Roubo Workbench

Finishing the Workbench – Low Cost Roubo 8

Finally, after a long and very enjoyable (and sometimes frustrating process), all the mortises and tenons have been chopped, cut, fitted and drawbored, all the dovetails have been cut and assembled, the bench dog holes bored and the vises attached and adjusted. All that’s left now is finishing.


Bench complete, pre-finishing, with a temporary leg vise handle

For finishing I chose to use a mixture of equal parts boiled linseed oil (BLO), turpentine and varnish. BLO alone would work quite well too, but takes a while to dry. Varnish on the other hand is strong and adds some gloss, but would make the bench surface too smooth – ideally the bench top should not be too smooth, to improve work holding capability. Some people choose not to finish their benches at all, but finishing helps with humidity changes and with removing glue spills from the bench surface. For benches with contrasting wood such as mine it also helps bring out the contrast.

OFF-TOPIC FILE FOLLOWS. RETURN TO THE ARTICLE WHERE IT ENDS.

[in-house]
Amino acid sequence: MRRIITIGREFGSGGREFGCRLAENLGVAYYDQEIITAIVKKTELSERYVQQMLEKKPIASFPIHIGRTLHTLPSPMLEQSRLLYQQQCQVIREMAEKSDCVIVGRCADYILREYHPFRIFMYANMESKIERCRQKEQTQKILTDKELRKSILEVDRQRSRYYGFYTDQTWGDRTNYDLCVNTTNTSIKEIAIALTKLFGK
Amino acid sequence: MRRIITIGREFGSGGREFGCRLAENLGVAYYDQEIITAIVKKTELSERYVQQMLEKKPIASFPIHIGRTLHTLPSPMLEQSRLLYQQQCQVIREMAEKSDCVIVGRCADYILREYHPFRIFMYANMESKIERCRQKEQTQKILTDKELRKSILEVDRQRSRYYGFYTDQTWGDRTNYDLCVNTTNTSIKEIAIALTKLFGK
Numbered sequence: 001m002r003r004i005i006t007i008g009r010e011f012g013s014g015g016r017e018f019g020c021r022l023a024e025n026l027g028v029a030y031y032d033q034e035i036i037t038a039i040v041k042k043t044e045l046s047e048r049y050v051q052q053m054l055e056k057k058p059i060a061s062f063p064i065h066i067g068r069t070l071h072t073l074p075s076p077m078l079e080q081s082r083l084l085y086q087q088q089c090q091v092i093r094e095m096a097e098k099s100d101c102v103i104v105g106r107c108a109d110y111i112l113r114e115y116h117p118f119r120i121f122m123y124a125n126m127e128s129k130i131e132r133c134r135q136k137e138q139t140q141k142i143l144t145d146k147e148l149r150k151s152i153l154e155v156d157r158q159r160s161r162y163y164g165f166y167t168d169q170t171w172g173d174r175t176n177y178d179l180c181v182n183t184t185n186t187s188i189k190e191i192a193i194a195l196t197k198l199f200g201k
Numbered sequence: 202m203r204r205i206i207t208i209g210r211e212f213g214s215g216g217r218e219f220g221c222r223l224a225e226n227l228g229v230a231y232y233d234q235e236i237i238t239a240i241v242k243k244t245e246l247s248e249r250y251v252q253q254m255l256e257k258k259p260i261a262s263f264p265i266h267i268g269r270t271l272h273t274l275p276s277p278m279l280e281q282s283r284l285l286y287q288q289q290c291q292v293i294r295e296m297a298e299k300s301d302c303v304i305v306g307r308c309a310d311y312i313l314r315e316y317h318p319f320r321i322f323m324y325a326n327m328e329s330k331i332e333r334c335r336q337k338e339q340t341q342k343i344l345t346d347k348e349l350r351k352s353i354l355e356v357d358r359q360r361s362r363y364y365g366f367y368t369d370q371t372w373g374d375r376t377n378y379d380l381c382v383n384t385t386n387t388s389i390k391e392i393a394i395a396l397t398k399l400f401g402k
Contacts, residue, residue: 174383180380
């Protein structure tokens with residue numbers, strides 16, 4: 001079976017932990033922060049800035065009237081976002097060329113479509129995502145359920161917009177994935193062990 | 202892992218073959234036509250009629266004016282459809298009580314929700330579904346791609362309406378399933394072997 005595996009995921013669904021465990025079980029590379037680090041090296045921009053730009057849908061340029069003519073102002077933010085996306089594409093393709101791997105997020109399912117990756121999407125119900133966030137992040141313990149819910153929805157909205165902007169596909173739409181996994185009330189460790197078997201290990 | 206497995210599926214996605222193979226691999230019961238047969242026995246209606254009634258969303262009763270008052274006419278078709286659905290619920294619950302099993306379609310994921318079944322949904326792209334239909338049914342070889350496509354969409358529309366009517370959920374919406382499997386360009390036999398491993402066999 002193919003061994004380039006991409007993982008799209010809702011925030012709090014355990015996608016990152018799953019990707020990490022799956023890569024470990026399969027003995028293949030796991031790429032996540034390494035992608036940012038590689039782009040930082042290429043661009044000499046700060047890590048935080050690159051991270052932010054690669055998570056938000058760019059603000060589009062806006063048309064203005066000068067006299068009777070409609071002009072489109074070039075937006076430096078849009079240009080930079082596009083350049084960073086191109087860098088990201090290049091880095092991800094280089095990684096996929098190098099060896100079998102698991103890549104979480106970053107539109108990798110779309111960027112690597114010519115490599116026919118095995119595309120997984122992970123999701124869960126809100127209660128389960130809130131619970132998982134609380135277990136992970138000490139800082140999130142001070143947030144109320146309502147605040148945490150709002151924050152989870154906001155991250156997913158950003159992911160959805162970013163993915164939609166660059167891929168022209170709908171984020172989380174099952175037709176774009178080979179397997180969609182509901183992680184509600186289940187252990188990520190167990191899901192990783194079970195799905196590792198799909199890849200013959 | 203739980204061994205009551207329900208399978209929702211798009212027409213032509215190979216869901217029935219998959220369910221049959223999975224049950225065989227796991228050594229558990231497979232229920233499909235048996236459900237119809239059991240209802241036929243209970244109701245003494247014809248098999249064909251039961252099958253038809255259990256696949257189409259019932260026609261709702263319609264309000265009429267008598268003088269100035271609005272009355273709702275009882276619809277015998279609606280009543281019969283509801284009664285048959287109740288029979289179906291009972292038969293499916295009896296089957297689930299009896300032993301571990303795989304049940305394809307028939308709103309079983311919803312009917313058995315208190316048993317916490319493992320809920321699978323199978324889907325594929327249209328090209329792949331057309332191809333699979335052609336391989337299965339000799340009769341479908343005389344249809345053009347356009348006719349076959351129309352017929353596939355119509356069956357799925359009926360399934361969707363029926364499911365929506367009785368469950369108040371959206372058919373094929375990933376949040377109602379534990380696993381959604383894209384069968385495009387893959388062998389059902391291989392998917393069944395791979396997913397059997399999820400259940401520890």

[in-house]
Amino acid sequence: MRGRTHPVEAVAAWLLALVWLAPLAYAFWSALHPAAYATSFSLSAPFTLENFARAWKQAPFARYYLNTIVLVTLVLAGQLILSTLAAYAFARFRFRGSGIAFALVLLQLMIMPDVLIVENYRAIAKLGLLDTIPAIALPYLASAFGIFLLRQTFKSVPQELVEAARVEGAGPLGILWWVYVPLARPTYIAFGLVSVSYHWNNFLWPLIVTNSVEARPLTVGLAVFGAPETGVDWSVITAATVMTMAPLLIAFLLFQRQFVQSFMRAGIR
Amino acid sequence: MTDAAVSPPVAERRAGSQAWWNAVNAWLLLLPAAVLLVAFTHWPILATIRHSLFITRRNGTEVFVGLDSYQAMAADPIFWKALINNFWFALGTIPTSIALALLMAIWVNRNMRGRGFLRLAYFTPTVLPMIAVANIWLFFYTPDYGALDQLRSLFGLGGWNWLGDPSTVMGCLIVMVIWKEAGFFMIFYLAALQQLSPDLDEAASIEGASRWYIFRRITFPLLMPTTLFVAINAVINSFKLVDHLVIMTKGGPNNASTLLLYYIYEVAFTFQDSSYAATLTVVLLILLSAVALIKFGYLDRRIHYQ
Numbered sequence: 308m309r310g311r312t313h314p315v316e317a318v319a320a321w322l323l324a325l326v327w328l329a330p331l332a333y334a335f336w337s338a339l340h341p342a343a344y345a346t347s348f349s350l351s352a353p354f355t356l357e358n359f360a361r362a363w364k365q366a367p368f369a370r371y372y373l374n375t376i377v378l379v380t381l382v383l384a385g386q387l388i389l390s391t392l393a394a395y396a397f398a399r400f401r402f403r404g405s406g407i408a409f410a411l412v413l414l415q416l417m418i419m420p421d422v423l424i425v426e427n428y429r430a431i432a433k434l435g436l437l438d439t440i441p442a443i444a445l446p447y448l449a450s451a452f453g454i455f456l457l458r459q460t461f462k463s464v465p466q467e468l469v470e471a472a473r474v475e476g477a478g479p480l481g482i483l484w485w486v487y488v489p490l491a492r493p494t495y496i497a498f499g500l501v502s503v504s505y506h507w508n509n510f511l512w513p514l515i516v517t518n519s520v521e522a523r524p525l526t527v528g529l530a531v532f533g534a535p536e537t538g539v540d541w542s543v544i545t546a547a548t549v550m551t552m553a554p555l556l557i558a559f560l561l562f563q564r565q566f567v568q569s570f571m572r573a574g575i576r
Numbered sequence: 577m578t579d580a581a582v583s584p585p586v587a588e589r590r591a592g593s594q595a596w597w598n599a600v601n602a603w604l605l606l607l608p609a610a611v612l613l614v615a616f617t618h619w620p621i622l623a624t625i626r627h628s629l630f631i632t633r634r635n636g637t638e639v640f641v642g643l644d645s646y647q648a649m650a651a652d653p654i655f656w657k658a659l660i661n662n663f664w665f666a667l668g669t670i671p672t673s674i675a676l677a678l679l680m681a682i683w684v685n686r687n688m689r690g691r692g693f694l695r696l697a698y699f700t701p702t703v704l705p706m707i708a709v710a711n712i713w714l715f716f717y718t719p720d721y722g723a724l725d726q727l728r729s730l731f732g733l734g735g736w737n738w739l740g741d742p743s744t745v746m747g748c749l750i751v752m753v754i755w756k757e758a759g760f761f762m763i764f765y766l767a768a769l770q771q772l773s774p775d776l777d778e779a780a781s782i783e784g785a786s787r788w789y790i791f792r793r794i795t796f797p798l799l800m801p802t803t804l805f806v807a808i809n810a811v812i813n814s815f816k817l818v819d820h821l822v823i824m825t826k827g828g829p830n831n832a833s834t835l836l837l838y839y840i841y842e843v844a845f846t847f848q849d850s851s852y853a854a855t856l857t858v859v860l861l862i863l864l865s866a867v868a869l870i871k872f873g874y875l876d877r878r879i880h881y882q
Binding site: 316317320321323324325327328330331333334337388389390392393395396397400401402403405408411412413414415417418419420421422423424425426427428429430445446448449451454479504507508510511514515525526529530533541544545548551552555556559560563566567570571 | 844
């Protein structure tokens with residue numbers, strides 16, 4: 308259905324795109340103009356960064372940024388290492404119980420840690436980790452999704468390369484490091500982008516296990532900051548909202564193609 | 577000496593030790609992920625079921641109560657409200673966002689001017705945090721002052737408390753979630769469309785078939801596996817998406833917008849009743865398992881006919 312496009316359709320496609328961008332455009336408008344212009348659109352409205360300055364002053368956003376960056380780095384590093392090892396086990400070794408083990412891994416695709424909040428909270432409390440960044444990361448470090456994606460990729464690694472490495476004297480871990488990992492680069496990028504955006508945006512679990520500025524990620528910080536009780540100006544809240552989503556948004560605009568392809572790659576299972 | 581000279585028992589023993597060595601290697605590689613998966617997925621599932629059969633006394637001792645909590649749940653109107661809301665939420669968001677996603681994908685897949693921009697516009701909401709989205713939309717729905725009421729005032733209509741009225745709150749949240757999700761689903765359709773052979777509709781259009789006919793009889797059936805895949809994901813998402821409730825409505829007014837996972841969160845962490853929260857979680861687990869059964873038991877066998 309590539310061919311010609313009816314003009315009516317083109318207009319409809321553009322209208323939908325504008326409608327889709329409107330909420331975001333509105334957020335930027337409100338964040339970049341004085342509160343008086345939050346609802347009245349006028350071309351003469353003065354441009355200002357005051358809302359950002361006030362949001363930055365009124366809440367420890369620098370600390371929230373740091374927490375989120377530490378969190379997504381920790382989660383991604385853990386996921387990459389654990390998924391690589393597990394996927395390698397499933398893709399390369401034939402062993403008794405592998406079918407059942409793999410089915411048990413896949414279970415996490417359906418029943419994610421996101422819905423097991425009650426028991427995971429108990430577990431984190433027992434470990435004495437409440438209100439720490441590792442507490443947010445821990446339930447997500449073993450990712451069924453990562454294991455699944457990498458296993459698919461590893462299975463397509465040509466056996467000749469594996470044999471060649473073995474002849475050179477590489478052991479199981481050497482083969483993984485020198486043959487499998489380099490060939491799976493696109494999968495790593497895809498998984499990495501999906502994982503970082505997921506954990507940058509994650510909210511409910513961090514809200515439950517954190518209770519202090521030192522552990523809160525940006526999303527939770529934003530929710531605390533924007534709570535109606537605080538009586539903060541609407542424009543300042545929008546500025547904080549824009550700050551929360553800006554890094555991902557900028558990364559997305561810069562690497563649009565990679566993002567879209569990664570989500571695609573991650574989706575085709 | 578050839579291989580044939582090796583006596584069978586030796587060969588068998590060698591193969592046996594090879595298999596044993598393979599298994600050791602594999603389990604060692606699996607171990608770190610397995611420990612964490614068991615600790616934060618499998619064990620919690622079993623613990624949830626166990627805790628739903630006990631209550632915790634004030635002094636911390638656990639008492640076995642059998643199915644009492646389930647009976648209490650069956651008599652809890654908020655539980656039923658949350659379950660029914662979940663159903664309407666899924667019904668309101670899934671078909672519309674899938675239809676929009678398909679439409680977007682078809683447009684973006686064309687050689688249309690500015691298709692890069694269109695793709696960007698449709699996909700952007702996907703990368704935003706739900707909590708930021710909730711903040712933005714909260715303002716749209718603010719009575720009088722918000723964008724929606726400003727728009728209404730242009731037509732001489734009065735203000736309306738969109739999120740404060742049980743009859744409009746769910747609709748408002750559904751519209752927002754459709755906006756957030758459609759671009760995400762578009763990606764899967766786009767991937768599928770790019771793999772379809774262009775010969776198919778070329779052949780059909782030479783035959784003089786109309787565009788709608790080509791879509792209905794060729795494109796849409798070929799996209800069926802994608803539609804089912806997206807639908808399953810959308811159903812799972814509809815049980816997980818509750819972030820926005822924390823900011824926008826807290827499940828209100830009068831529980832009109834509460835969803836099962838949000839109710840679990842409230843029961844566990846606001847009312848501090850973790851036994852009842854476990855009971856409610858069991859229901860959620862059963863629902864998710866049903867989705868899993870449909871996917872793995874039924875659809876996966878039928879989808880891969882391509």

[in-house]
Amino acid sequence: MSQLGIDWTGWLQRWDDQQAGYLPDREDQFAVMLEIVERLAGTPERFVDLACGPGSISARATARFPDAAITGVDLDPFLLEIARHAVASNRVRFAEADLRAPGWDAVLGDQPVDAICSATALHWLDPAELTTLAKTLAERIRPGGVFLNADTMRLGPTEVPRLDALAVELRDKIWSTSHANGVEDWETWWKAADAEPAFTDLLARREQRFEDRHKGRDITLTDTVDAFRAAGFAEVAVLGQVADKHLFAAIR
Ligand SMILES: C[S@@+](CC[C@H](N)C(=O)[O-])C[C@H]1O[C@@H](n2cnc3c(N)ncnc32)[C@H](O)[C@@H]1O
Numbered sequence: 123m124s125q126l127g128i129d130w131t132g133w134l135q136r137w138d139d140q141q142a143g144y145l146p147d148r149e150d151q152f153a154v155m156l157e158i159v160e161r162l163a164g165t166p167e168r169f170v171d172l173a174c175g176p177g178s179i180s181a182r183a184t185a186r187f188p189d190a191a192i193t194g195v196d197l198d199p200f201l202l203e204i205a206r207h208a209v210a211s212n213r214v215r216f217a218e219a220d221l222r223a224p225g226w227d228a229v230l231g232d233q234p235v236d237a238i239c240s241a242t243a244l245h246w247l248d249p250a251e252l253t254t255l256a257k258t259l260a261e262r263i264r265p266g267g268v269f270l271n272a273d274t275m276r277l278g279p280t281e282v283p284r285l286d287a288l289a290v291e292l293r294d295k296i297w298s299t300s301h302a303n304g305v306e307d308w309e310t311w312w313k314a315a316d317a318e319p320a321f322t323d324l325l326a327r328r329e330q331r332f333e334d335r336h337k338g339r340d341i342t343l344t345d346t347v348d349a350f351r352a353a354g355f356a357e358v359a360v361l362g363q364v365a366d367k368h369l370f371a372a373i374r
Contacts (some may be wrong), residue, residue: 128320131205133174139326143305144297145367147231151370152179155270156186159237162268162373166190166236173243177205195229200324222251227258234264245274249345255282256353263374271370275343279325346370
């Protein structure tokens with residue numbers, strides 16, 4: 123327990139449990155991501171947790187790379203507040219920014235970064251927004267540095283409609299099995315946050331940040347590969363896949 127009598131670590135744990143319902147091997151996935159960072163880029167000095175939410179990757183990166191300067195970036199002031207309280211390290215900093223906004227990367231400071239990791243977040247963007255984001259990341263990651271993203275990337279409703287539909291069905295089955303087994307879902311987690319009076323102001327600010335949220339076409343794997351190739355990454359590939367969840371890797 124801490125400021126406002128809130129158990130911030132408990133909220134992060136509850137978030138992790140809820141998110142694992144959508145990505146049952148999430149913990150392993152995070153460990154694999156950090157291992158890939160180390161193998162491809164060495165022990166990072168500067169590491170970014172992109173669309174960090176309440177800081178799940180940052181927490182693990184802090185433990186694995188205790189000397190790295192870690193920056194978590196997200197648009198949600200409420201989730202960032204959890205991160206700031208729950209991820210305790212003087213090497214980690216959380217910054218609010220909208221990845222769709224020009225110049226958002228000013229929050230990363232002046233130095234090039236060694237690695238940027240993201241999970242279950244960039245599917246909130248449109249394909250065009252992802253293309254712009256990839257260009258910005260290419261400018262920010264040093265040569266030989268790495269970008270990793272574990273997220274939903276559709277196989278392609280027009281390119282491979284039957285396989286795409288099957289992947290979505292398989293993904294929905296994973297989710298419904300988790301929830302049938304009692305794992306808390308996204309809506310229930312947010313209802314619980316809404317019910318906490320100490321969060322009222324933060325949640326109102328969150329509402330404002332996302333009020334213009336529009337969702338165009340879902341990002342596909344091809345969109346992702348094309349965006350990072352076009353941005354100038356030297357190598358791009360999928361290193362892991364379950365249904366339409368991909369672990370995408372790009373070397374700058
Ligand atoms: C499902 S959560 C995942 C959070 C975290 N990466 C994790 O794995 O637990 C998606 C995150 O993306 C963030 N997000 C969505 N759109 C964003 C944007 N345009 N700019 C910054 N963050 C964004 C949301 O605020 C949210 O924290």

After the finish dried

I poured a liberal amount on of the mixture the top and wiped it on, and did the same for the base. 3 coats and I felt the bench had sufficient protection. Keep your windows open and your fans on, as the turpentine smells quite nasty.

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Once the finish dried, I moved some of my frequently used tools to the planing stop, and set about admiring my new bench. Altogether the bench weighs around 350 lb, so it isn’t going anywhere in a hurry. Chopping mortises on the bench is a real pleasure, with almost no vibration at all, and with the bench dog holes, bench dogs, holdfasts, planing stop and vises, the work holding options have so far covered pretty much every situation I have come across.


The bench completed

I hope this build series helped you, whether you chose to follow it exactly or just get some ideas from it. If you have any questions or photos you’d like to share, give me a shout!

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